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Dietitians: How Credential Requirements Impact Your Care Facility

Published on : 7/24/23
  • New requirements imply an impending gap in available RDs. 

    As the field of nutrition and dietetics continues to evolve, so too do the requirements for licensure. Effective January 1, 2024, aspiring RDs will face a significant change as the minimum degree requirement for eligibility to take the registration exam will change from a bachelor’s degree to a graduate degree. This shift reflects the increasing complexity of the profession, and the growing recognition of the critical role dietitians play in healthcare and senior living environments.  

    According to the Commission on Dietetic Registration (CDR, the credentialing agency for the Academy of Nutrition and Dietetics) “Elevating the entry-level RD education to a graduate level is consistent with the knowledge, skills, and research base required in the field of nutrition and dietetics.” Although the transition will present challenges, it also opens new opportunities for advanced knowledge, specialization, and research.

    Fortunately for established practitioners, only those seeking eligibility to take the dietitians’ registration exam for the first time will be required to complete a graduate degree from an accredited university (i.e., a master’s degree, practice doctorate, or doctoral degree). Individuals who establish eligibility for the exam by the end of 2023 will not be required to obtain a graduate degree. (Note they don’t have to take the exam by January 1, 2024, they just have to establish eligibility.) All other entry-level dietitian registration eligibility requirements remain the same. 


    What Does This Mean for Senior Living? 

    Skilled nursing facilities who do not have a full-time registered dietitian on staff must employ a Certified Dietary Manager (CDM). One pivotal step Sodexo Seniors has taken to promote progress toward an alternative model and support both the roles of RDs and CDMs is a partnership with ANFP. With more than 15,000 members, the Association of Nutrition and Foodservice Professionals [ANFP] is one of the nation’s leading organizations focused on foodservice and nutrition operations. It provides numerous educational and networking opportunities, including access to apprentice programs and credentialing for CDMs. ANFP-approved training programs for CDMs are available through many educational institutions in multiple instructional formats such as online, in-person, or via correspondence. By partnering with industry leaders like Sodexo, ANFP can further its mission of providing optimum nutritional care through foodservice management.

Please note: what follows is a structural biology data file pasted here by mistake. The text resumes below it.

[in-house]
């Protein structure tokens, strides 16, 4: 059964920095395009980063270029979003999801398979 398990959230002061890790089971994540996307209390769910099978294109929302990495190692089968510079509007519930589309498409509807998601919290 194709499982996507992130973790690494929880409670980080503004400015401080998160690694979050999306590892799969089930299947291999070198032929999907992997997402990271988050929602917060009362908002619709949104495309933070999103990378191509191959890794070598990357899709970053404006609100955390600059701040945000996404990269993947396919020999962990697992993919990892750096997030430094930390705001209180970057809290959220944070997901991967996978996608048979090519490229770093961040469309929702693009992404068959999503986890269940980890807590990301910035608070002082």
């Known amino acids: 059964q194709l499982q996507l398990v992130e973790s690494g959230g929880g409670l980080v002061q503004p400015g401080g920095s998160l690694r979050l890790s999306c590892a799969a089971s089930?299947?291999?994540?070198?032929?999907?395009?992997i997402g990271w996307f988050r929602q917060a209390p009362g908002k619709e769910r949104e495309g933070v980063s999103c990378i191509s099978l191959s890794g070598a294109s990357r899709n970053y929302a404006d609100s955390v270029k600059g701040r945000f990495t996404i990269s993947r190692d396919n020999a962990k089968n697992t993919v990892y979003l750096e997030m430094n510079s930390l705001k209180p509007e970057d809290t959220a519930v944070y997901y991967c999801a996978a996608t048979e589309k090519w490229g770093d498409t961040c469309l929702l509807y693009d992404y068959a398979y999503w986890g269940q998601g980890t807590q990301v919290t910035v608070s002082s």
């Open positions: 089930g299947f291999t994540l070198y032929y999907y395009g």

What Does This Mean for Healthcare? 

    Through the Dietitian Growth & Retention Initiative, Sodexo Healthcare has taken multiple actions to retain, grow, and attract highly skilled clinical nutrition professionals. The most significant action is the evolution of how we lead clinical dietitians through the Clinical Nutrition Professional Career Ladder. Sodexo clinical dietitians have been advocating for a career ladder for many years. The Healthcare Nutrition Leadership Team will continue to lead solution development that address workforce gaps.  



    By extending education requirements, new RD recruits will be slower to market, at least at first. Essentially, a gap will be created between when the graduate degree requirement is implemented and when these new students will be ready for employment. The additional time and resources required to obtain a graduate degree may be prohibitive to some, thus decreasing the pool of new professionals at a time when the need for RDs in senior living is greater than ever. Remember those 5,900 openings each year: who will fill those? 

    Progressing toward a career as a registered dietitian seems straightforward, yet the looming question is less around “how to meet new requirements” and more around “how will changes impact the field in a practical sense?” Many dietetic and HR managers are concerned – and so are hospital and senior living administration. 

    Higher education levels typically mean higher salaries, but many care facilities are struggling financially already – will they be able to afford these higher-priced dietitians? And if fresh-out-of-school dietitians are commanding more money, what does this mean to RDs who have been faithfully working for years at a lower salary? 

    There's good news! Though these questions will likely remain unanswered for years, one tenet is clear: RDs will soon be among the most educated healthcare professionals in senior living communities, and the smartest administrators will take advantage of this shift to maximize the value a dietitian adds to residents’ lives. And Sodexo is here to help bridge that gap. 

    Contact us today